Jewish World Review
Jan. 7, 2010
/ 21 Teves 5770
The flying emperor still has no clothes, and no one is willing to say so
"Five words: Randomly selected for additional screening."
So counsels Ryan Bingham (played by George Clooney) as he spies a group of traveling Muslims while showing a young colleague how to live out of a suitcase in the movie "Up in the Air."
His advice? Get in line behind Asians due to their efficiency and avoid the Arabs because of the likelihood that they will be selected for secondary screening.
But, alas, this is Hollywood legend. The truth, as it has been for eight years, is that there is no elevated scrutiny of those who have commonalities with the 19 hijackers of 9/11 and the perpetrators of virtually every act of terrorism since.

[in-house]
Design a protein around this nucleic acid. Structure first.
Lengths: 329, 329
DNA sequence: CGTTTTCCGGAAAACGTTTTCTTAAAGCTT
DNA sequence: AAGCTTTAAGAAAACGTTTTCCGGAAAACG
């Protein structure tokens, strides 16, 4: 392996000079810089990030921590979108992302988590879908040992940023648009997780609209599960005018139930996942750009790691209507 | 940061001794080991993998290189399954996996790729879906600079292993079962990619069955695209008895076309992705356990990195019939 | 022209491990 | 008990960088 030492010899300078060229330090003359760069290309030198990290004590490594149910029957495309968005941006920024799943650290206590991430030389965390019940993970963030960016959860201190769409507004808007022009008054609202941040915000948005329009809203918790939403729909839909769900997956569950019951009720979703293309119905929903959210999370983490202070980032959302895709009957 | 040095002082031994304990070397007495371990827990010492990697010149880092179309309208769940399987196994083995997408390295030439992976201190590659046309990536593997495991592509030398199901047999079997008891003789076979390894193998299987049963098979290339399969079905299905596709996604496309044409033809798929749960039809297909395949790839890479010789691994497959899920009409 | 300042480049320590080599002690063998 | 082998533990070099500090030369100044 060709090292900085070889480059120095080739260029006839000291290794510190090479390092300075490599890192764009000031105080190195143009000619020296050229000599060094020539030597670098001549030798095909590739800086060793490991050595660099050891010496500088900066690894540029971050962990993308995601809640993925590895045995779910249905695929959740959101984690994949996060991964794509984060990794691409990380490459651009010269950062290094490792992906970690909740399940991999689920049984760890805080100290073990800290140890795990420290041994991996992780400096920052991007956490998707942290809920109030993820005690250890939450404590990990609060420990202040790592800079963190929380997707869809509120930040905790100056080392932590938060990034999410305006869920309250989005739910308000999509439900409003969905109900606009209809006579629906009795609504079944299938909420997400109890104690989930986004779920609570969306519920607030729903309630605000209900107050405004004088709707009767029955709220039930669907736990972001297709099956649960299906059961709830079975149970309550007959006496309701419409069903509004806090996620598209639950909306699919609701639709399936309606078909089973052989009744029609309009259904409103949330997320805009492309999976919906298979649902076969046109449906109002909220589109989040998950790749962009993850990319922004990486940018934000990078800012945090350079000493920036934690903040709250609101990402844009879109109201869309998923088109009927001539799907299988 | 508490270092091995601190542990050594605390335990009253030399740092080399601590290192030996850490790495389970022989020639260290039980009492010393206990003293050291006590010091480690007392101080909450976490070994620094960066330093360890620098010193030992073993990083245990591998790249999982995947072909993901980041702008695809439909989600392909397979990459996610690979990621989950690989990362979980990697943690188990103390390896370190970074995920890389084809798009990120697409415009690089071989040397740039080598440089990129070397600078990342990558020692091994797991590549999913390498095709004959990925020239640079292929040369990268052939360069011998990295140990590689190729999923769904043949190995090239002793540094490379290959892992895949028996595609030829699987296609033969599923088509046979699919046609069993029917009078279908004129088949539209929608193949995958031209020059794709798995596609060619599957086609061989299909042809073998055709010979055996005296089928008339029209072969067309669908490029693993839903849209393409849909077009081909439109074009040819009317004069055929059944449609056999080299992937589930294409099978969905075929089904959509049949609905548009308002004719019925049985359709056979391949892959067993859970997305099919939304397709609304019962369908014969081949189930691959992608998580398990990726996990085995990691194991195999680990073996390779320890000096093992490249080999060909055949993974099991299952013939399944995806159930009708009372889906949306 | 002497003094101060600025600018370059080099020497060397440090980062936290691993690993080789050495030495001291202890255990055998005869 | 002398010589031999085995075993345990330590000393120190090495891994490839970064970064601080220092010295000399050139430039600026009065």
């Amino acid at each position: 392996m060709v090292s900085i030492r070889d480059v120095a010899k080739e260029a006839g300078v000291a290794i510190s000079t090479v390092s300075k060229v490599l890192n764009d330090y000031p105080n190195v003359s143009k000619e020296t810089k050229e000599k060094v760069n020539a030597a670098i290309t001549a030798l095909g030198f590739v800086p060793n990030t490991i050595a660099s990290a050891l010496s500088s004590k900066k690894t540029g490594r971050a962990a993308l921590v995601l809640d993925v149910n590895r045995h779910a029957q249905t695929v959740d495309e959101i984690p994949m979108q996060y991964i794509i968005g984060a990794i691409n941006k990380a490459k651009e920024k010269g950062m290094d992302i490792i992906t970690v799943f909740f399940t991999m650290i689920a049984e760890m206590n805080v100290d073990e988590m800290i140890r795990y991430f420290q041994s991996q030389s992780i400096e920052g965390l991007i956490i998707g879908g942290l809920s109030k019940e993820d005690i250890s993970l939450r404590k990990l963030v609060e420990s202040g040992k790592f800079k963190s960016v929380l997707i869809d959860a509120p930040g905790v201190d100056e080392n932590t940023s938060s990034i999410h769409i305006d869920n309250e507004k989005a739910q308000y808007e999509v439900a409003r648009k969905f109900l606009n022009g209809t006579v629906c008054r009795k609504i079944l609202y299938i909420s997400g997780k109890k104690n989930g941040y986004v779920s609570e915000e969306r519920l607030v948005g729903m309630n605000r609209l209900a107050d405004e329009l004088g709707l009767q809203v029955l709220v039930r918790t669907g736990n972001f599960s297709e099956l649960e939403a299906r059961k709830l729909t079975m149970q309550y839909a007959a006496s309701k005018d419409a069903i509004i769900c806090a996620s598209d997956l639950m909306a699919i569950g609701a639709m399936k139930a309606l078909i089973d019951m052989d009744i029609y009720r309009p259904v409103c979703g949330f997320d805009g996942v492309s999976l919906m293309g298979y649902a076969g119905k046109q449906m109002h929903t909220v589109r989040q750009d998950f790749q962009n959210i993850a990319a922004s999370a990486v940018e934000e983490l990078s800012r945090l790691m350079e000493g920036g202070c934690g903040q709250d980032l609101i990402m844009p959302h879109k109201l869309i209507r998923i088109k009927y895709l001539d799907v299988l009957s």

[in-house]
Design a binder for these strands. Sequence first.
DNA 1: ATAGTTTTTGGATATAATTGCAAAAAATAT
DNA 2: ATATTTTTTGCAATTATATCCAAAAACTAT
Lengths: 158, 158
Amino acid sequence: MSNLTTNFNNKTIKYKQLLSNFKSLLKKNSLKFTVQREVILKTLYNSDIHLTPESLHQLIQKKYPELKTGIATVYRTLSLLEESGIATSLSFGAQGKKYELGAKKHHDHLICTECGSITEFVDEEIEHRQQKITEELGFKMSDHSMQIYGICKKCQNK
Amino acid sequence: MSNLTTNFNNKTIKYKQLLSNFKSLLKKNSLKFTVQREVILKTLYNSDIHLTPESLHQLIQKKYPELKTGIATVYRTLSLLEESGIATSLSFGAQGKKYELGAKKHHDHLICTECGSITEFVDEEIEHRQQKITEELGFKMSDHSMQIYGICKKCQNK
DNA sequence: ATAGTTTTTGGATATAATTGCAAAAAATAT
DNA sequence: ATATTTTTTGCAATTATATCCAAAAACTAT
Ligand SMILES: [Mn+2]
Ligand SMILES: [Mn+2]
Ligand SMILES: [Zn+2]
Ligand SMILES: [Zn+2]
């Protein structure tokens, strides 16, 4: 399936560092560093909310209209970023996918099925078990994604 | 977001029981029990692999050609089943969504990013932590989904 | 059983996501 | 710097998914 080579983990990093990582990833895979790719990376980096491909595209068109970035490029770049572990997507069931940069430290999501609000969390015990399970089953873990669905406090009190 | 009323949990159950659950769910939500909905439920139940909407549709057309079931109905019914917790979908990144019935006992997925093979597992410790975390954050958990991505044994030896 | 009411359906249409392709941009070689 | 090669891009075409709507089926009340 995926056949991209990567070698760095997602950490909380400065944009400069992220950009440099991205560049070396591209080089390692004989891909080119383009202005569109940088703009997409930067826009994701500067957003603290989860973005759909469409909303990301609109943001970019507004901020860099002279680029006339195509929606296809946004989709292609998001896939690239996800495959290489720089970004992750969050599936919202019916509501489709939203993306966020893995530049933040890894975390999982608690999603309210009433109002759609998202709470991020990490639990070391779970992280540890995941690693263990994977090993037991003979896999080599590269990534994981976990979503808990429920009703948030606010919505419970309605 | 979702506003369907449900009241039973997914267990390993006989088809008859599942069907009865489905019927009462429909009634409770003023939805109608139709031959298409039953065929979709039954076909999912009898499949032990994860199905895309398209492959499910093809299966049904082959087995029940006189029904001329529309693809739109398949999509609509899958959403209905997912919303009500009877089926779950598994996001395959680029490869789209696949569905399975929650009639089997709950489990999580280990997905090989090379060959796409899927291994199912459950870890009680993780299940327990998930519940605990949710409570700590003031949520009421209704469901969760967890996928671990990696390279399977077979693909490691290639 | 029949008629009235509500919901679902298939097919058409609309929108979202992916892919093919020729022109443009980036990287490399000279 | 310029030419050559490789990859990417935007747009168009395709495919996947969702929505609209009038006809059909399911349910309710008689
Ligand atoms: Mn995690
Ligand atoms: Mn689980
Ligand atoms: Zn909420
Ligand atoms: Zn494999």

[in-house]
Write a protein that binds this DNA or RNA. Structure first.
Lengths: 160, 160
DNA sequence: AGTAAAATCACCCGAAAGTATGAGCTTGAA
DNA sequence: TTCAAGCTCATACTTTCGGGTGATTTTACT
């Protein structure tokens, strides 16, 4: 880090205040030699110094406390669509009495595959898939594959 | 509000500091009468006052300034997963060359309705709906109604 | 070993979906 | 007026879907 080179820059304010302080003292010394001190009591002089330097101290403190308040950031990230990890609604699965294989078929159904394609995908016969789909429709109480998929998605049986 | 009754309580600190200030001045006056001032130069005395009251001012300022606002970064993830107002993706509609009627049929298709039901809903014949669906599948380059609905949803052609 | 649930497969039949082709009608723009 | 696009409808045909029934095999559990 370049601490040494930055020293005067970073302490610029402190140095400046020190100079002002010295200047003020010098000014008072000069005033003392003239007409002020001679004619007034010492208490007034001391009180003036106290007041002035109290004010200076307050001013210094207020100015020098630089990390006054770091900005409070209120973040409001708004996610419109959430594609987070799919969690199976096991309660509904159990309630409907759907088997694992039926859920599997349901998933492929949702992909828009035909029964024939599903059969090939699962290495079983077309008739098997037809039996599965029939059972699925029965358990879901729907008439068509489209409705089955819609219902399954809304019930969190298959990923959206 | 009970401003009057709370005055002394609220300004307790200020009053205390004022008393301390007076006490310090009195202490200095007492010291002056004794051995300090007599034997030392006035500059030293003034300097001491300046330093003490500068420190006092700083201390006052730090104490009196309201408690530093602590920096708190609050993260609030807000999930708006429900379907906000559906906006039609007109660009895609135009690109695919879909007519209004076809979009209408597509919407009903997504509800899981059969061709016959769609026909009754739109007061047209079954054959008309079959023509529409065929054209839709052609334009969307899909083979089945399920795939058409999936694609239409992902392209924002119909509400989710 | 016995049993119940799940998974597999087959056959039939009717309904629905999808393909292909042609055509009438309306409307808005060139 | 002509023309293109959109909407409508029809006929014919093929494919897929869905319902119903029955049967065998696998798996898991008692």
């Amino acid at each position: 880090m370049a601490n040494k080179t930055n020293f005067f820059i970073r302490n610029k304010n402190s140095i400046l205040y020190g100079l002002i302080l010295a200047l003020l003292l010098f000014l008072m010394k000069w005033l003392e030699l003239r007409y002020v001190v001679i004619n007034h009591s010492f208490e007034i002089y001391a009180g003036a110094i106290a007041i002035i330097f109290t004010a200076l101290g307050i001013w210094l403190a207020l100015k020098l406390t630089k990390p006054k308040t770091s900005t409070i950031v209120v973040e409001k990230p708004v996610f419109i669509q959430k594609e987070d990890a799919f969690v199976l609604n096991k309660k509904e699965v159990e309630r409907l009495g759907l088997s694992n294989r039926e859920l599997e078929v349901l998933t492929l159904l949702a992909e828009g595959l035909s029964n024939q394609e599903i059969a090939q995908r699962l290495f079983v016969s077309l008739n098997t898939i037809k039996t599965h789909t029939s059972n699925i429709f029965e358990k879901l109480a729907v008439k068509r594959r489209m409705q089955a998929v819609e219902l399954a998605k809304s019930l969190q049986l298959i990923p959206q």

The lesson of Umar Farouk Abdulmutallab and his attempted Christmas Day massacre in Detroit is that the flying emperor still has no clothes, and no one is willing to say so. Much of the blame this time lies overseas.
How to explain that the man allegedly had no passport; that his increasingly radical views had been reported to U.S. officials in Nigeria (by his father, no less); that his name appeared in a federal database of individuals with potential links to terrorism; and that he paid for his plane ticket in cash and checked no bags? Yet his visa hadn't been revoked, his name was not added to the no-fly list, and he did not encounter sufficient screening before boarding a flight bound for the United States.
If these facts were proposed for an airline travel security exercise, they would have been rejected as being too boilerplate. And still, it almost worked.